Thursday, 18 August 2011

Gennady Spirin

The next in my little series on my favourite illustrators is another Russian.  Gennady Spirin was born on Christmas Day, 1948, in the small town of Orekhove-Zuyevo, near Moscow.  He studied at the Surikov Art Institute at the Academy of Arts in Moscow, and also the Moscow Stroganov Institute of Art.

Spirin has illustrated over 30 children's books, and won four golden medals from the Society of Illustrators in New York, as well as several other awards. He moved to the US in 1991 at the invitation of two publishers, and settled in Princeton, New Jersey, as that was where his editor lived.  He has a wife and three sons, speaks almost no English, and is a practicing Russian Orthodox Christian.   Apart from that, I cannot find any other information about him!  No Wikipedia entry, no official website, nothing!

His illustrations are watercolours, very delicate but at the same time full of rich colours and incredible detail.  I first came across his work in the illustrations he did for one of Madonna's children's books, called Yakov and the Seven Thieves. The story, a tale of an Eastern European couple in the 1700s who try to help their ill son, is rather trite, but the illustrations are divine. Apparently, Spirin never met Madonna, and had no contact with her, dealing only with the publisher, and his name was not included on the cover of the book, appearing only on the title page.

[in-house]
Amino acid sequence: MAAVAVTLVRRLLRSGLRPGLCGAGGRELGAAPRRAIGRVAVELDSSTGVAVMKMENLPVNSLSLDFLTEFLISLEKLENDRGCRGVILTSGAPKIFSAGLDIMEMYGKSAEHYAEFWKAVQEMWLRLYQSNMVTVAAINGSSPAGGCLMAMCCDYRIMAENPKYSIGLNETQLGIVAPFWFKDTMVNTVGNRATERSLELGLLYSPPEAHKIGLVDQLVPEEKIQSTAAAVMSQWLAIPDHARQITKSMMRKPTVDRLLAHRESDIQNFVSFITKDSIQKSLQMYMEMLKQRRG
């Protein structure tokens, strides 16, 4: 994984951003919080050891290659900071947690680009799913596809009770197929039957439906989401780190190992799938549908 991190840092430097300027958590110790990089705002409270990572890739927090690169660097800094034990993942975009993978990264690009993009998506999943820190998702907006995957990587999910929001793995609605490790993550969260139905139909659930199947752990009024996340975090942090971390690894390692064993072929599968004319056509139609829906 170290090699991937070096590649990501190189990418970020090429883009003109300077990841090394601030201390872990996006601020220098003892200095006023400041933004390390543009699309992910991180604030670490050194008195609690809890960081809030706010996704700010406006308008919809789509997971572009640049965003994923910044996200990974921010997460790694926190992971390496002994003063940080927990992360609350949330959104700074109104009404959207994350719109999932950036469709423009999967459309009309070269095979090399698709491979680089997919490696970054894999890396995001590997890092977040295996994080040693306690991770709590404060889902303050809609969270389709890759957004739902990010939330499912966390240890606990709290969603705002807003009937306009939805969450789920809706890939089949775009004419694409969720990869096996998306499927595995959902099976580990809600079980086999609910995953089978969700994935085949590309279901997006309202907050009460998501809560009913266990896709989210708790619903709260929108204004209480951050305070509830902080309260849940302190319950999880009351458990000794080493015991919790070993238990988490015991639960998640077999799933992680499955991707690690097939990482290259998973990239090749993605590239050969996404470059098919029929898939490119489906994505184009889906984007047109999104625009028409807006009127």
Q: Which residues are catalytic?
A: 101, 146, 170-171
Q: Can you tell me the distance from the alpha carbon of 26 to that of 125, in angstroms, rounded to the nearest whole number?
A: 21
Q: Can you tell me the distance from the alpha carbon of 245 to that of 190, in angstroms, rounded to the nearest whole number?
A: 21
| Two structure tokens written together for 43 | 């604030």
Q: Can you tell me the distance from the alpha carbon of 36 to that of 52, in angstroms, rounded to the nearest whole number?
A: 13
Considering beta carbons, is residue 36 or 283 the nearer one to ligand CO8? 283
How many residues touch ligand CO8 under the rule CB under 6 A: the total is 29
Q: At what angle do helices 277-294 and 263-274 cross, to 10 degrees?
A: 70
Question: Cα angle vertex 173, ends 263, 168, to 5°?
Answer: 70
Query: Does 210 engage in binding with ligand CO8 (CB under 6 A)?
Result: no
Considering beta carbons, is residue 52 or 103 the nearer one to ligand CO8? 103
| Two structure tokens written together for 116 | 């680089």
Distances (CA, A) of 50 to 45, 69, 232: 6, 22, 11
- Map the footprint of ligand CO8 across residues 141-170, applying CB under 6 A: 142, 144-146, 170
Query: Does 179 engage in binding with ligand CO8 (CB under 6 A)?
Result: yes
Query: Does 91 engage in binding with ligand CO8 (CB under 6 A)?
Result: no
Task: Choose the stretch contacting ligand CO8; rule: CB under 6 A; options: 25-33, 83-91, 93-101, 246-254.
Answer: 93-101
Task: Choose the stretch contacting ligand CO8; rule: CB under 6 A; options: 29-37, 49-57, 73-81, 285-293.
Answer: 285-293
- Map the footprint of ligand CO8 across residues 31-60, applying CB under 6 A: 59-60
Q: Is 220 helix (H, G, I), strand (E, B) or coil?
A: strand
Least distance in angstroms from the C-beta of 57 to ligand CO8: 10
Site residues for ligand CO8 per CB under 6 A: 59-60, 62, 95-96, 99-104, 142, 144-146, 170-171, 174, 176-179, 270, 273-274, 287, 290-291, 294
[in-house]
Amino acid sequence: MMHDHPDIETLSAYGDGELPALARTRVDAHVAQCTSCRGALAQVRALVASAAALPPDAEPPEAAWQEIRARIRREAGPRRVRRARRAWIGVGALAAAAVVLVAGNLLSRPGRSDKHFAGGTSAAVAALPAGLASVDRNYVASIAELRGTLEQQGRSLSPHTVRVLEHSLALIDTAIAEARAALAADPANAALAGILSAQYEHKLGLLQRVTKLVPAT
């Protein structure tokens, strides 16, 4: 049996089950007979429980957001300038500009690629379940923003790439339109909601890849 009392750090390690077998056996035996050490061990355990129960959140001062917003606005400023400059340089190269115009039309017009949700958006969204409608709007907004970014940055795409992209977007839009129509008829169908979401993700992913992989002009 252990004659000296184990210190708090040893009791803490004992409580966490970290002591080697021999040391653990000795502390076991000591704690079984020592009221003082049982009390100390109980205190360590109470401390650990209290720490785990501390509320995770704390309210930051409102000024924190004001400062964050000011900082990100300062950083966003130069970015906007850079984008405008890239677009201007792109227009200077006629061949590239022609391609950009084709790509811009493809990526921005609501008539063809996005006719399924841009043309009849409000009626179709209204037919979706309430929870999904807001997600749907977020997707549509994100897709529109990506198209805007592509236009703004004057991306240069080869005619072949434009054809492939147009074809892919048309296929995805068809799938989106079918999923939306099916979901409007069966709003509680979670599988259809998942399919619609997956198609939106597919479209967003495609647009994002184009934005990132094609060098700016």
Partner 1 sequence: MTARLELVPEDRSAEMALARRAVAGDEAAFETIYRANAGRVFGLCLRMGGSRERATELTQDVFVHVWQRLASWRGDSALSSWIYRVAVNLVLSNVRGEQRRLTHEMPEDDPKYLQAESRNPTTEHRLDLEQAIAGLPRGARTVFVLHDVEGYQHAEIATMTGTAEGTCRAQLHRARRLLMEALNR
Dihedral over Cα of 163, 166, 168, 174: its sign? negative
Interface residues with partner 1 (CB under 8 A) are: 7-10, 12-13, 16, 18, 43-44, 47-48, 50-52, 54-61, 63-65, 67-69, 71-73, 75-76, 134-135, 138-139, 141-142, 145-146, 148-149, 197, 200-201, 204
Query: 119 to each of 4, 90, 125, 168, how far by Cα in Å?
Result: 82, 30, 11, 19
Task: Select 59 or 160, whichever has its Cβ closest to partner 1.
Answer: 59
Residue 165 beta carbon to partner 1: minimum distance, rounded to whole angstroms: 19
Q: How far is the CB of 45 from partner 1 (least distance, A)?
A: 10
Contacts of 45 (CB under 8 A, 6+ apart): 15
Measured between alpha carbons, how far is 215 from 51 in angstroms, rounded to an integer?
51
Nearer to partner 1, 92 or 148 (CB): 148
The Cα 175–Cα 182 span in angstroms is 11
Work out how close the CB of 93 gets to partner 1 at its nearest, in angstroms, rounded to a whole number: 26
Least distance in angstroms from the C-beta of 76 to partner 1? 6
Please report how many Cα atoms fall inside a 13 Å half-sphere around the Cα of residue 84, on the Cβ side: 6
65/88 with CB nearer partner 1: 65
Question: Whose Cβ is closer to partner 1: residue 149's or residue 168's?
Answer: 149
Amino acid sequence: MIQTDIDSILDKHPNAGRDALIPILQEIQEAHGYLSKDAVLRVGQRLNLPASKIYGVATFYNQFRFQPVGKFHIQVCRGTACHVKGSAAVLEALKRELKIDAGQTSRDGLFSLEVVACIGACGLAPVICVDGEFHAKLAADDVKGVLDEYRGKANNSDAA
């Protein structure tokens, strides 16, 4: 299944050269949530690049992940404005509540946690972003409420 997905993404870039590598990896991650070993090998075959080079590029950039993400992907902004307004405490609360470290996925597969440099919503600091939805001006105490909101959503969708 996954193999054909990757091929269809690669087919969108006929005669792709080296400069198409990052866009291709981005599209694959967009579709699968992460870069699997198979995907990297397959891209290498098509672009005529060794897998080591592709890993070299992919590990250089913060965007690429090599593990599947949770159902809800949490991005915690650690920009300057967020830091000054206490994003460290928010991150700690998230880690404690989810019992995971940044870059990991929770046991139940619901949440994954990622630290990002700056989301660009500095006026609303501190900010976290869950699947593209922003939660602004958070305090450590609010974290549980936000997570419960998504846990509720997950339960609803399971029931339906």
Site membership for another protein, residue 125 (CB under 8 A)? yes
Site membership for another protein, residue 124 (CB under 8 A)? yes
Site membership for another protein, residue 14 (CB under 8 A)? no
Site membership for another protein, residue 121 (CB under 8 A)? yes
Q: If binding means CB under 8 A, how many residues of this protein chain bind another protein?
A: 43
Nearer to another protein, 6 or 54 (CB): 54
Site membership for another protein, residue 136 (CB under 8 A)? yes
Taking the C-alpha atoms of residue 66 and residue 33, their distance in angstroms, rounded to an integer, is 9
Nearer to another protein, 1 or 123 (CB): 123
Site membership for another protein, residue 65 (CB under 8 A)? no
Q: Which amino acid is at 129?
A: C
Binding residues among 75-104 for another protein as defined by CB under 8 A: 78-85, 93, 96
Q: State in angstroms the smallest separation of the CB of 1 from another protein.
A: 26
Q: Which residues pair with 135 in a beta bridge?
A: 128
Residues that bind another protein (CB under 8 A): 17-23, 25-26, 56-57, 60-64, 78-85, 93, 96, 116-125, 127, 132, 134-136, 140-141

Spirin has illustrated several traditional Russian fairy tales, such as in The Tale of the Firebird, where he combines the tales of the Firebird, Baba Yaga, and Koshchei the Immortal.

 I love all the border decoration, this is exactly the kind of stuff I would love to do if I had the talent!  The costumes seem to be well-researched too, always a plus in my book.

Spirin has also illustrated more well-known fairy tales such as Goldilocks and the Three Bears.  His bears, dressed up in lavish Tudor costumes, are just gorgeous!  You can see more illustrations from this book here.

The Little Mermaid

I'll leave you with some random images from some of his other books, all very lush and yet ethereal at the same time. Beautiful.

The Princess and the Pea

Thumbelia (I presume!)


  1. They are truly exquisite. I wonder why no credit on Madge's book?? Curious. Behind the scenes with kids books, esp PBS, can be fascinating! A veritable soap opera. Anyway, thanks so much for sharing! jx

  2. So beautiful! I have not heard of him before, thanks for shining a light on his artistry.